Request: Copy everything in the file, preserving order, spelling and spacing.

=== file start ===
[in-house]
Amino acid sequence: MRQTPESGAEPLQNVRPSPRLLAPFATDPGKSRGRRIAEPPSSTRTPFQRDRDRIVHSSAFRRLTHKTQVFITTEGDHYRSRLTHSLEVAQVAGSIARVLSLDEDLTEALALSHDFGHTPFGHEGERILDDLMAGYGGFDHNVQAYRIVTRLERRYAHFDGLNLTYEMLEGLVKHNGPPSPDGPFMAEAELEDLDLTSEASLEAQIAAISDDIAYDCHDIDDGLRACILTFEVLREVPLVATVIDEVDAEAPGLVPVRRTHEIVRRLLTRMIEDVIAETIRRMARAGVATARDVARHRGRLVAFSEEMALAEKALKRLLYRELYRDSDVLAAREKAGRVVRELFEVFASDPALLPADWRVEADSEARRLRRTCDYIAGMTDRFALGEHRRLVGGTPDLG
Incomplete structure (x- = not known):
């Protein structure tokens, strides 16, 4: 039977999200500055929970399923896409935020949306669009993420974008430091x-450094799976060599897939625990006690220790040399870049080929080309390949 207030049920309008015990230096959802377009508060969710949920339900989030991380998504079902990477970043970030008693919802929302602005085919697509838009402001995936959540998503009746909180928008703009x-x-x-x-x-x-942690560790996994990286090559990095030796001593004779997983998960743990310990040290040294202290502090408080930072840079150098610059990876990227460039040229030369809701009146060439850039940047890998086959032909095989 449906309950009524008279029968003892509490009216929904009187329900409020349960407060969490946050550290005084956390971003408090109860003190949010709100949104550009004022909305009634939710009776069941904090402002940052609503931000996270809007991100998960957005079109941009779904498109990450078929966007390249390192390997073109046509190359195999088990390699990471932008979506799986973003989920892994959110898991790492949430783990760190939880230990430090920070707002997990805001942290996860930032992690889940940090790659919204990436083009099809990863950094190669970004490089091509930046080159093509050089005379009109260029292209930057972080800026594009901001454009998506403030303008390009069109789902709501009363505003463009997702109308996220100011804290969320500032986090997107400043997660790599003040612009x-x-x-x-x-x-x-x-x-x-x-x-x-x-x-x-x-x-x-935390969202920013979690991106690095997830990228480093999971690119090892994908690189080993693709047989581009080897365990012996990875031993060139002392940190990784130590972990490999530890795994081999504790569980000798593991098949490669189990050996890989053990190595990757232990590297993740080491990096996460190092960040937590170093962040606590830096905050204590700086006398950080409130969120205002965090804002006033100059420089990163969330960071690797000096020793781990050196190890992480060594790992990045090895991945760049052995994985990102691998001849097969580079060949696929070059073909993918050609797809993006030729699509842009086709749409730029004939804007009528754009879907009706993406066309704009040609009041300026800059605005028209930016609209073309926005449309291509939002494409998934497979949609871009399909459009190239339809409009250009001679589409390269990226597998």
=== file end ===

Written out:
[in-house]
Amino acid sequence: MRQTPESGAEPLQNVRPSPRLLAPFATDPGKSRGRRIAEPPSSTRTPFQRDRDRIVHSSAFRRLTHKTQVFITTEGDHYRSRLTHSLEVAQVAGSIARVLSLDEDLTEALALSHDFGHTPFGHEGERILDDLMAGYGGFDHNVQAYRIVTRLERRYAHFDGLNLTYEMLEGLVKHNGPPSPDGPFMAEAELEDLDLTSEASLEAQIAAISDDIAYDCHDIDDGLRACILTFEVLREVPLVATVIDEVDAEAPGLVPVRRTHEIVRRLLTRMIEDVIAETIRRMARAGVATARDVARHRGRLVAFSEEMALAEKALKRLLYRELYRDSDVLAAREKAGRVVRELFEVFASDPALLPADWRVEADSEARRLRRTCDYIAGMTDRFALGEHRRLVGGTPDLG
Incomplete structure (x- = not known):
């Protein structure tokens, strides 16, 4: 039977999200500055929970399923896409935020949306669009993420974008430091x-450094799976060599897939625990006690220790040399870049080929080309390949 207030049920309008015990230096959802377009508060969710949920339900989030991380998504079902990477970043970030008693919802929302602005085919697509838009402001995936959540998503009746909180928008703009x-x-x-x-x-x-942690560790996994990286090559990095030796001593004779997983998960743990310990040290040294202290502090408080930072840079150098610059990876990227460039040229030369809701009146060439850039940047890998086959032909095989 449906309950009524008279029968003892509490009216929904009187329900409020349960407060969490946050550290005084956390971003408090109860003190949010709100949104550009004022909305009634939710009776069941904090402002940052609503931000996270809007991100998960957005079109941009779904498109990450078929966007390249390192390997073109046509190359195999088990390699990471932008979506799986973003989920892994959110898991790492949430783990760190939880230990430090920070707002997990805001942290996860930032992690889940940090790659919204990436083009099809990863950094190669970004490089091509930046080159093509050089005379009109260029292209930057972080800026594009901001454009998506403030303008390009069109789902709501009363505003463009997702109308996220100011804290969320500032986090997107400043997660790599003040612009x-x-x-x-x-x-x-x-x-x-x-x-x-x-x-x-x-x-x-935390969202920013979690991106690095997830990228480093999971690119090892994908690189080993693709047989581009080897365990012996990875031993060139002392940190990784130590972990490999530890795994081999504790569980000798593991098949490669189990050996890989053990190595990757232990590297993740080491990096996460190092960040937590170093962040606590830096905050204590700086006398950080409130969120205002965090804002006033100059420089990163969330960071690797000096020793781990050196190890992480060594790992990045090895991945760049052995994985990102691998001849097969580079060949696929070059073909993918050609797809993006030729699509842009086709749409730029004939804007009528754009879907009706993406066309704009040609009041300026800059605005028209930016609209073309926005449309291509939002494409998934497979949609871009399909459009190239339809409009250009001679589409390269990226597998």